Tuesday, April 29, 2008

Why You Owe it to Yourself to Get Pre-Approved...Before you Start Looking

Just about the most fun you can have is to dive into house shopping on the internet. I'm not going anywhere anytime soon, and every once in a while, I do a quick search and get dreamy eyed and excited about houses that are on the market. It's wonderful - all those possibilities waiting out there...

Some women window shop for clothes. I window shop for houses.

If you're moving beyond the "window shopping" phase, however, you owe it to yourself to call a reliable mortgage broker or bank and get pre-approved so that you know how much you can afford. Now, sometimes it will be a welcome surprise, and others a reality check. At the end of the day, though, real estate is best faced with a dose of reality.

There is nothing more heartbreaking than falling in love with a house and then finding out you cannot afford it. Really. It's devastating, and it instantly takes all the fun out of what should be a very joyful process. Instead, you find something you love, only to have it ripped away from you. You start to think, "I'll never find another house as great as that one." It's the "one that got away" syndrome, and you'll build that house up to the epitome of every dream you've ever had, whether it actually is or not.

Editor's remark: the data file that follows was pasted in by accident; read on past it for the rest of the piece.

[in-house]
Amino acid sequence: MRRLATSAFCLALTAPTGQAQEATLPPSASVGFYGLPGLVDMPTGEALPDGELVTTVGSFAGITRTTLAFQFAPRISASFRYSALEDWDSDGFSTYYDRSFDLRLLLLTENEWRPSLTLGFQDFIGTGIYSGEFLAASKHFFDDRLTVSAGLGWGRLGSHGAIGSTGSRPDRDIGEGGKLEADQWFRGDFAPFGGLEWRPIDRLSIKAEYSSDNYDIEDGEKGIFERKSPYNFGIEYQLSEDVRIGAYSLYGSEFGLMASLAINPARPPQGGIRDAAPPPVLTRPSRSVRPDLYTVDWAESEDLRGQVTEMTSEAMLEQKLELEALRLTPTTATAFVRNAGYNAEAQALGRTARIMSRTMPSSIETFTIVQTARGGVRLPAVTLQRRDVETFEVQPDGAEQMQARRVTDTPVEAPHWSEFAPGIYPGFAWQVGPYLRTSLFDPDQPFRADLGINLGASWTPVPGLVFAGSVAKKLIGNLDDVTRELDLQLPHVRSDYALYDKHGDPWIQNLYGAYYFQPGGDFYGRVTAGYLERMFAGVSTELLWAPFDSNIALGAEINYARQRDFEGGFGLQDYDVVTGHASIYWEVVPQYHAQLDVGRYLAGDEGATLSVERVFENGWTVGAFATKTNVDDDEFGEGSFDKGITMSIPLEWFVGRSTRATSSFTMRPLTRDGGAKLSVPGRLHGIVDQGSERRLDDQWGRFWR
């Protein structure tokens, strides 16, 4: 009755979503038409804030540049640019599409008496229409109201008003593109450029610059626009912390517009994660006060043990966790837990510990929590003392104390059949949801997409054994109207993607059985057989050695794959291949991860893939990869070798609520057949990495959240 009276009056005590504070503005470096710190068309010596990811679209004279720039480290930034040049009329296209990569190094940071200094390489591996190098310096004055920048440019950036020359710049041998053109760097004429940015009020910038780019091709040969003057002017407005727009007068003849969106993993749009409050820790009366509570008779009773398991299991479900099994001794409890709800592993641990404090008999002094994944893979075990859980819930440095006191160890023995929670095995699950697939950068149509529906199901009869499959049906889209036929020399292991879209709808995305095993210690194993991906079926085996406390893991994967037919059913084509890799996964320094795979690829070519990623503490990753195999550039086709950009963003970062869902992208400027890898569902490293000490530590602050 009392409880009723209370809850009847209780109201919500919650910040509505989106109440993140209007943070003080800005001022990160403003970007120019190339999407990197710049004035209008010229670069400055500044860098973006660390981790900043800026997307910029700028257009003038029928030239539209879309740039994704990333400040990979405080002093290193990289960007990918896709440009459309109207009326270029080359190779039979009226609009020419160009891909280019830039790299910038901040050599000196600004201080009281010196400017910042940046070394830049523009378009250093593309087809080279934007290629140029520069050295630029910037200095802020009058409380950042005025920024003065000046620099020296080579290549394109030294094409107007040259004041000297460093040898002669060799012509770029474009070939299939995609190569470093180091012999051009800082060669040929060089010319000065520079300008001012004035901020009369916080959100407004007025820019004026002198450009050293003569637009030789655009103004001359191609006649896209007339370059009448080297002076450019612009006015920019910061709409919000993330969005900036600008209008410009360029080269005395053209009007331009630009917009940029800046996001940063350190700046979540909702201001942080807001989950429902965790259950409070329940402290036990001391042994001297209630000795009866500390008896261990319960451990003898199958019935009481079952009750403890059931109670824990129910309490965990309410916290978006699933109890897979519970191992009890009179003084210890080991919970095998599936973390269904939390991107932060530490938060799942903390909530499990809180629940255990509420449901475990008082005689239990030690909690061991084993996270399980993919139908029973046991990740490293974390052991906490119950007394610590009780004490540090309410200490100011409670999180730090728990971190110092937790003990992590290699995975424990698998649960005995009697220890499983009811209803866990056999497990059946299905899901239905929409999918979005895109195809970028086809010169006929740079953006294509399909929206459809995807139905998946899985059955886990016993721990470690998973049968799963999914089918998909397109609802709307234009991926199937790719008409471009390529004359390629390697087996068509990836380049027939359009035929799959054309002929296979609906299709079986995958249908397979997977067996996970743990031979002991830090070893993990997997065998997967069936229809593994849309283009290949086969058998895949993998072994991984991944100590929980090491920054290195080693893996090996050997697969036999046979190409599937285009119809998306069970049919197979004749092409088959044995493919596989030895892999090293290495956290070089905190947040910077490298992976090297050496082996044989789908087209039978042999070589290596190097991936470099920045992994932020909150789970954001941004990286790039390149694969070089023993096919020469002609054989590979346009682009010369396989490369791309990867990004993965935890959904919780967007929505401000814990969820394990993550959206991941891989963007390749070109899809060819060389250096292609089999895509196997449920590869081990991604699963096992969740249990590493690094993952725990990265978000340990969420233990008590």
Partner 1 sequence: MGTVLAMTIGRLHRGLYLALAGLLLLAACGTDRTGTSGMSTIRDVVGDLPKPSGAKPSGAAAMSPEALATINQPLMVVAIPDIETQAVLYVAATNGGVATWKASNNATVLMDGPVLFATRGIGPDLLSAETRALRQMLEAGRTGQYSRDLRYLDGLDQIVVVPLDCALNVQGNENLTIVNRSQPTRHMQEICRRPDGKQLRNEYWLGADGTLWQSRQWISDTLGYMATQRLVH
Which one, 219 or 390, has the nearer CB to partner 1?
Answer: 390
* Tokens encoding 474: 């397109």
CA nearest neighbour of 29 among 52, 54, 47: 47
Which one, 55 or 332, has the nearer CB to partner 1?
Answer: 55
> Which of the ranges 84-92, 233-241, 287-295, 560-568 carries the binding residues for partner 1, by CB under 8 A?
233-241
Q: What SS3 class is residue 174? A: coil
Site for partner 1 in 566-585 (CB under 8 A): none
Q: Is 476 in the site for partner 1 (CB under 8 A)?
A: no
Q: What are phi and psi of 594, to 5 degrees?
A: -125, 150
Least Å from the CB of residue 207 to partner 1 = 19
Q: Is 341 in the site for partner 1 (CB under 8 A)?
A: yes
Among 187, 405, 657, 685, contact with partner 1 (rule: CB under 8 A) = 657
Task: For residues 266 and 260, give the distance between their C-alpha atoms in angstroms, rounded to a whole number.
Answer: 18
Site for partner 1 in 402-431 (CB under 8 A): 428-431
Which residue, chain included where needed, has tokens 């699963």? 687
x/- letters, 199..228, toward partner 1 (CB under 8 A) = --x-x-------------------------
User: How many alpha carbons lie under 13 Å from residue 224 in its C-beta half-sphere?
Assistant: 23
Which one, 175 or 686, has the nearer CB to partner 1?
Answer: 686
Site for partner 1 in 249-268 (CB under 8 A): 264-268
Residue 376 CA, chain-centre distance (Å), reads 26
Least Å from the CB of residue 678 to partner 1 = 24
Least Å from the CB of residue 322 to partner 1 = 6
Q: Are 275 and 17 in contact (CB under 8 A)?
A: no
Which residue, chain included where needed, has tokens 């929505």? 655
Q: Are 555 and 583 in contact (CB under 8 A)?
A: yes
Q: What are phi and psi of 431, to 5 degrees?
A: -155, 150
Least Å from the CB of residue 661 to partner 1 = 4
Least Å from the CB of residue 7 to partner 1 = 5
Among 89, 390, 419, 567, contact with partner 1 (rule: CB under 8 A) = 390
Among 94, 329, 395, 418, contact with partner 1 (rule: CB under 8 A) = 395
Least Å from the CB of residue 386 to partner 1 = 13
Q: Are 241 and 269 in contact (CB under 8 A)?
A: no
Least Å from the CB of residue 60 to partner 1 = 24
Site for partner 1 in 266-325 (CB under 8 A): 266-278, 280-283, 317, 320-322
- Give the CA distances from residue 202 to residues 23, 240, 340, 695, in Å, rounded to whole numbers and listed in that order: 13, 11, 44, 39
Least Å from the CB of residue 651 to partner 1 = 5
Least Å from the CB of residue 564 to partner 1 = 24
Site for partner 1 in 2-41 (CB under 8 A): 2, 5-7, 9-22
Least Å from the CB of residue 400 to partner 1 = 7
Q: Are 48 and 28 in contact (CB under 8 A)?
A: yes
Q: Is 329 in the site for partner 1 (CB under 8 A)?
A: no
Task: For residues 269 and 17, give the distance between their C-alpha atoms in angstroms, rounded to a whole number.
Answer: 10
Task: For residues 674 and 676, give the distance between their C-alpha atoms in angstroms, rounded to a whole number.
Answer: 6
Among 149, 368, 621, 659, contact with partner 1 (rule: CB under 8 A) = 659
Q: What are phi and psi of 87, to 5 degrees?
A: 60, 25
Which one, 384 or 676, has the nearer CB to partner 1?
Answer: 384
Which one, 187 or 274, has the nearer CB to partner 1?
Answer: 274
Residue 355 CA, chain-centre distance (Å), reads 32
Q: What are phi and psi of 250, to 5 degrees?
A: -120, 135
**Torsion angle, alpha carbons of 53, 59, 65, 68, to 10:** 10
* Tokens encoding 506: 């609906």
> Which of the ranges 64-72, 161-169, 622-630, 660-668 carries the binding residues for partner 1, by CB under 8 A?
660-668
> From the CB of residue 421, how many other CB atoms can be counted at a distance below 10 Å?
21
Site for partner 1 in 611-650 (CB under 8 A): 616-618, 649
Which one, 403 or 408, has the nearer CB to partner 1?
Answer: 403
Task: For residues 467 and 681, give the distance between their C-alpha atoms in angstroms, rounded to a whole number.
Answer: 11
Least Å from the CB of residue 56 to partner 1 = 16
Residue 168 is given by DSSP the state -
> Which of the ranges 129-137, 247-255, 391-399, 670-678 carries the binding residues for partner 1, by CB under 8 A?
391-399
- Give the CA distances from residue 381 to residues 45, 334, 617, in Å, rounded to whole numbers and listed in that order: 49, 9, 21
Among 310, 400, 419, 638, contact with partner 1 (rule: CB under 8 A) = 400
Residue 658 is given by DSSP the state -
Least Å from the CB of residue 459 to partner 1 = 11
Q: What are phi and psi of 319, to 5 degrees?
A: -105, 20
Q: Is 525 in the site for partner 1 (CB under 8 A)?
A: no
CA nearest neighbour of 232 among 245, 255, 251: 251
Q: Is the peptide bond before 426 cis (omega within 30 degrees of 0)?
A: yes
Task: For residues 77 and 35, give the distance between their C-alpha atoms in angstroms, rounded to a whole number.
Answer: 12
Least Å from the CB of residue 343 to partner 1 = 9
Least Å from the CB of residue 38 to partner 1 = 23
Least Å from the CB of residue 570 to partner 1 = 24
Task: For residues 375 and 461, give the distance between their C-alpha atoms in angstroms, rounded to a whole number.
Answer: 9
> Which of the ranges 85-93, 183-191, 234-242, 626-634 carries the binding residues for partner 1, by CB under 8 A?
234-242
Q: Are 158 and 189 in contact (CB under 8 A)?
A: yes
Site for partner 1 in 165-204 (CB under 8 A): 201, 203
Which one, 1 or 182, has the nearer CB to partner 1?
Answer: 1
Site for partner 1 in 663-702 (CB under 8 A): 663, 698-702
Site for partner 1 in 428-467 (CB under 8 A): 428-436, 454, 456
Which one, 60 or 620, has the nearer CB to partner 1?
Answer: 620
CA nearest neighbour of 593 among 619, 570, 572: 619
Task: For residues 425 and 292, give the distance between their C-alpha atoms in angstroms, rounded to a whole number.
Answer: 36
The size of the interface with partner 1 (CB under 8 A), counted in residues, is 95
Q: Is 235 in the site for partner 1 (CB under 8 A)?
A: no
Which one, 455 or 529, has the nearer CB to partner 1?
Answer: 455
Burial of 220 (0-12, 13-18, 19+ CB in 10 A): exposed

Secondly, it makes all the houses in your price range look bad. And they aren't. No matter what the price range: a great $200,000 house cannot compete with a $250,000 house. A fabulous $1,000,000 house cannot compete with a $1,250,000 house. It doesn't mean the house is less than, or a junker. But you've spoiled your perception of a good house by unfairly comparing it to houses to which it has no business being compared. Apples to Apples, folks. It's the only way to find the best of the bushel.

I know many people say REALTORS push Buyers to get pre-approved because they don't want to "waste their time" with unqualified Buyers. The truth is that I want you to enjoy your experience, to appreciate what you can afford, and to be happy (and on good financial footing) at the end of the process. Let's have fun, not heartache!

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